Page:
If you have trouble finding great candidates, you may want to look at some additional unconventional ways to bring some expertise to your staff. This may include a fractional staff member (part-time, off-site) to help with some of the organization, management, training, and oversight of a program and to work with your volunteers to move things forward. You’ll be hearing more about ‘fractional’ staffing this year (and if you can’t wait, you can check out a little of what we’re talking about here). Many churches will find that hiring a fractional staff member will bring great expertise and a fraction of the cost in the future.



It might take longer because you may have to say “NO” more


Coming out of the pandemic (at least hopefully!), we’re finding many prospective church staff candidates that we’re talking with over the past few months are worn out or unhealthy. We see this with candidates that are tired from the past season. Some candidates are suffering from real burnout.  Yet others are in a state of anger, confusion, and bitterness.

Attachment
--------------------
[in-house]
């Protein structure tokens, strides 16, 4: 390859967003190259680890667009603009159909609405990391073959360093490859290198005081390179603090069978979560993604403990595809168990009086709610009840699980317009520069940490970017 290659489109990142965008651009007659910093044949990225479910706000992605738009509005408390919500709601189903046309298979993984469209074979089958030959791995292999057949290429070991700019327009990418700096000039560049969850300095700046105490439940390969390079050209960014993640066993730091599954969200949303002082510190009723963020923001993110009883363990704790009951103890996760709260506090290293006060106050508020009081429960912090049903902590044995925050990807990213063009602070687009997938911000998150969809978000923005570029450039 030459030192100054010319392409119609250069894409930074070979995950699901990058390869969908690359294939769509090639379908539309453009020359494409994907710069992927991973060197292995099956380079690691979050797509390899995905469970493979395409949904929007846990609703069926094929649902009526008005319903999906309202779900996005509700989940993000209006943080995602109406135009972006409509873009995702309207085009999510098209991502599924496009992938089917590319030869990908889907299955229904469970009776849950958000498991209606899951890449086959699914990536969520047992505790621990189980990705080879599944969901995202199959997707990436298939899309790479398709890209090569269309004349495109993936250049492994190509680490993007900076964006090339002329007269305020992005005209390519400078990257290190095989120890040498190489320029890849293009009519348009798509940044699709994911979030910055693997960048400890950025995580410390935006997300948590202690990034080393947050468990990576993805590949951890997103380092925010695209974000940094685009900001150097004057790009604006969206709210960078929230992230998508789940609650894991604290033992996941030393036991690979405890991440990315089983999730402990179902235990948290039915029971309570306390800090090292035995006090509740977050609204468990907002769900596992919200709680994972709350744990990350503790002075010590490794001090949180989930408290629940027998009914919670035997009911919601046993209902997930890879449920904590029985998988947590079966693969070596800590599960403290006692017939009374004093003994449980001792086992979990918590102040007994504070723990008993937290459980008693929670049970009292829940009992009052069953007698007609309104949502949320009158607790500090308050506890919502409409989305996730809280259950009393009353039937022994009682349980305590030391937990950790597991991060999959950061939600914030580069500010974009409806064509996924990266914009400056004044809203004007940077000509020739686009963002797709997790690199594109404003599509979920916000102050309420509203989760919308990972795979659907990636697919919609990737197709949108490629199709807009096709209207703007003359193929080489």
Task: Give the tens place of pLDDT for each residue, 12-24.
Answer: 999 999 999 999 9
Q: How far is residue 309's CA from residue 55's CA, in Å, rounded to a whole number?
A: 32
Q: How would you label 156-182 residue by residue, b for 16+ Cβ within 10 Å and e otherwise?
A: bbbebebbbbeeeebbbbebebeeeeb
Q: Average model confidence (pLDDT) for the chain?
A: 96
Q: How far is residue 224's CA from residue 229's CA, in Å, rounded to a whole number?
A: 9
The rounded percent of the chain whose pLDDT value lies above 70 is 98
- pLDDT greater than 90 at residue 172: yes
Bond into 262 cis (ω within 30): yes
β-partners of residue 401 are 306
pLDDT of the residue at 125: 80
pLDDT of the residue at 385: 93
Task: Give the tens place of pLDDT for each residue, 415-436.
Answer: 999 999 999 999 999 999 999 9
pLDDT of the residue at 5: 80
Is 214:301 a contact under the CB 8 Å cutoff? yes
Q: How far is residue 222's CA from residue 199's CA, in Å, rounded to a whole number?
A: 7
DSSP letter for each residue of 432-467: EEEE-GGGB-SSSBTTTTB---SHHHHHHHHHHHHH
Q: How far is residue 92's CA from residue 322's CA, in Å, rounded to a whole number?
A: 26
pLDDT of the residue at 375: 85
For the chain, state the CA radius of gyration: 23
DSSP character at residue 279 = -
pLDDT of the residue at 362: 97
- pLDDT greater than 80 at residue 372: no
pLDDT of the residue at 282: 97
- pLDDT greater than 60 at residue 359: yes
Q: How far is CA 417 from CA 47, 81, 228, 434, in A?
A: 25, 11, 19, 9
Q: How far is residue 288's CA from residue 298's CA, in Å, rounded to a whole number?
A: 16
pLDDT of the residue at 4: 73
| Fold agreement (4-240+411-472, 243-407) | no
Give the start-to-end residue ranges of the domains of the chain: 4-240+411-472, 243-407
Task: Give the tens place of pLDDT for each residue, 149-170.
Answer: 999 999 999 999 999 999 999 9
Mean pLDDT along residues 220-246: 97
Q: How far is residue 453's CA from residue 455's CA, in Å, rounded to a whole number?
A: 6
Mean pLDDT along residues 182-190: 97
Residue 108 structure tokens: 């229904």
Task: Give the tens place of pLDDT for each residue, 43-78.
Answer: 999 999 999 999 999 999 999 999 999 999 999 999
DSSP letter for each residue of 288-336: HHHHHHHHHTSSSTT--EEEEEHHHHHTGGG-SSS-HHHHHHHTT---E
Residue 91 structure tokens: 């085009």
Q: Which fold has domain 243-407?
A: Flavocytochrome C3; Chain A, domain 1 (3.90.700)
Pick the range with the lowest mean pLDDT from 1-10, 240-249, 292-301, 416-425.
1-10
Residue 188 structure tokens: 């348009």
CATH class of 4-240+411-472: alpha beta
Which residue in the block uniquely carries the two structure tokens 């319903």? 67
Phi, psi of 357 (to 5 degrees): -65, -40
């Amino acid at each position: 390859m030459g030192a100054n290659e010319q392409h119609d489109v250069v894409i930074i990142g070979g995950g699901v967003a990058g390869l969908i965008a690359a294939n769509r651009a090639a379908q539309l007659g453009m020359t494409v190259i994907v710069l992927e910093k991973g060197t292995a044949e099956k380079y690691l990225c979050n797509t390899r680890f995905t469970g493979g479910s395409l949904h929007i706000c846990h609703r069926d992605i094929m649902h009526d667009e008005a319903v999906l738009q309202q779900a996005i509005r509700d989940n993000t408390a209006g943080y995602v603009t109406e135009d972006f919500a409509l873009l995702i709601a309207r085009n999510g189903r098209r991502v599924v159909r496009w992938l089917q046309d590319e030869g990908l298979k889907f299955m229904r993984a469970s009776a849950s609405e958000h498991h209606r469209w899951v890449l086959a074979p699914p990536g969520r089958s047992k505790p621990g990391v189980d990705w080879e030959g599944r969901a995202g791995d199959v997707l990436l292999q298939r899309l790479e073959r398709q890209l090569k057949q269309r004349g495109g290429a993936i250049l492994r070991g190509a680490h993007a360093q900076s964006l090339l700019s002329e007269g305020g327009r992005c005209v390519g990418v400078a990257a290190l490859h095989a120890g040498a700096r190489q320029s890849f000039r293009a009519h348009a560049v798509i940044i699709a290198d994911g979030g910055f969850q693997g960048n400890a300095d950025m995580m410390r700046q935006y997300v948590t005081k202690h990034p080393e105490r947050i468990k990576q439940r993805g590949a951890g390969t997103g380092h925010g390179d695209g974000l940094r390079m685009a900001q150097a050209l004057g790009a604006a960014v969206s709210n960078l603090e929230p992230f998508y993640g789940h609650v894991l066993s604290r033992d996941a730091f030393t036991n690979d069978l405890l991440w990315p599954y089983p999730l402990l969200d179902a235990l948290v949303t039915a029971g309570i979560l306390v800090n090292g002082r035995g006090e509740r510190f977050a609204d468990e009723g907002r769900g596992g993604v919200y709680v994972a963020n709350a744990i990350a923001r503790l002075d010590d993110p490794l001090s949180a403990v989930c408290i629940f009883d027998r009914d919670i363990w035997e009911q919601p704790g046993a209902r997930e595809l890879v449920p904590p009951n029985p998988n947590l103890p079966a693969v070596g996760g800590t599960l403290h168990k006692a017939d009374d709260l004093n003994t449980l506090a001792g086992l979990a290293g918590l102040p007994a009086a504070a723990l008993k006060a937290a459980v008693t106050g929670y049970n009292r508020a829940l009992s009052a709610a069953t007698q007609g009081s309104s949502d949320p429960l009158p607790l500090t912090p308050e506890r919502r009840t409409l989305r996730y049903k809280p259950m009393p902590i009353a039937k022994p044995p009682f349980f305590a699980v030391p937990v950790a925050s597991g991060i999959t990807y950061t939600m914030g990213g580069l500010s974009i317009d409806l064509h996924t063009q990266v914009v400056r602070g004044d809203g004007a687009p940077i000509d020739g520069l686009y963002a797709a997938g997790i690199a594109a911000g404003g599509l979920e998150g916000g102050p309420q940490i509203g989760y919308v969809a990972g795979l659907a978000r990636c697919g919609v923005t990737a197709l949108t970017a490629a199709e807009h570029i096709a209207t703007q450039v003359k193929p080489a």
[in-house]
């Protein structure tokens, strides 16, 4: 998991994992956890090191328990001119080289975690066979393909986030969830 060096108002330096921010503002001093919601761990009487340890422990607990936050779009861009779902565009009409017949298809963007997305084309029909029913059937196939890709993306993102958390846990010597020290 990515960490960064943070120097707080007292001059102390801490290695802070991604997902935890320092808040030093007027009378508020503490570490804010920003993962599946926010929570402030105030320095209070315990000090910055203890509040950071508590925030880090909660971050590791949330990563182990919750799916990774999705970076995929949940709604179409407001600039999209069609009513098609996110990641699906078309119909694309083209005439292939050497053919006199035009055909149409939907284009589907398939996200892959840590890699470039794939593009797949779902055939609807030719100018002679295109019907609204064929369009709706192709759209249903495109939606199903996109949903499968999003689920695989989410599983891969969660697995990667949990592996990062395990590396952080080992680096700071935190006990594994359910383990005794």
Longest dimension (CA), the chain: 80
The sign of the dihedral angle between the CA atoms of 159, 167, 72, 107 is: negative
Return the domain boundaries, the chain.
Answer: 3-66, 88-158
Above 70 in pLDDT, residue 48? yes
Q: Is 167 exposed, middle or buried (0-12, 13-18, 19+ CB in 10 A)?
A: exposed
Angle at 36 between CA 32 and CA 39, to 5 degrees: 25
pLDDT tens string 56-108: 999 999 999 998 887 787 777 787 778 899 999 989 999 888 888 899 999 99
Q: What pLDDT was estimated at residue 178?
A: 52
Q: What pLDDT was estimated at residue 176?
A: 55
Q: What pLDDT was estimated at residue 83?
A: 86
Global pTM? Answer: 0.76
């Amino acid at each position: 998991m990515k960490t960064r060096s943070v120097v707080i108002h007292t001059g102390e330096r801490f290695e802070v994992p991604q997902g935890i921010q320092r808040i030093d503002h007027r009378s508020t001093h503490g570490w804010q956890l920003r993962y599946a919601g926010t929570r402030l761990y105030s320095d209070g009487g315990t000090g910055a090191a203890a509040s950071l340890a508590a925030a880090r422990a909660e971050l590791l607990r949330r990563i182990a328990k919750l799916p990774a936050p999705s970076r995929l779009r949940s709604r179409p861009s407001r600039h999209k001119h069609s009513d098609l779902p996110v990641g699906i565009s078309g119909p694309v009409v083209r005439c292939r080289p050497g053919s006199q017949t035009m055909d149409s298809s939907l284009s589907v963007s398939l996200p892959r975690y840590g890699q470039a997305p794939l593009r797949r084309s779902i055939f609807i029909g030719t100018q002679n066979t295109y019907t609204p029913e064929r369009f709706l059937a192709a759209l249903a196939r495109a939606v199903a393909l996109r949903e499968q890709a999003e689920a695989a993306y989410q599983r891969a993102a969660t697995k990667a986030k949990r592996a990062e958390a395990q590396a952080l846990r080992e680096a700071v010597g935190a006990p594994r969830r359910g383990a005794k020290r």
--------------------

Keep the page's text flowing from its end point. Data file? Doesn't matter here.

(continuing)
As you interview candidates, you’ll quickly find as you dig in that many candidates are not in a healthy enough place to join your staff right now.


Be careful not to hire people that are excessively tired, burned out, or angry with their last church. These feelings and attitudes sometimes (honestly… MOST of the time) carry over to their new church.  


Because of this, you may have to tell otherwise qualified candidates “no”, at least for this season. While you might feel the temptation to hire someone now to fill the position, it is always best to wait for a healthy candidate. This decision may seem painful in your current moment of need but in the long term will pay off many times over.



It might take longer because you’ll find more ‘tire-kickers’


We’ve already talked about there being a decreased number of qualified candidates in the candidate pool (Insight #1), but there are also a great number of ‘tire-kickers’ right now.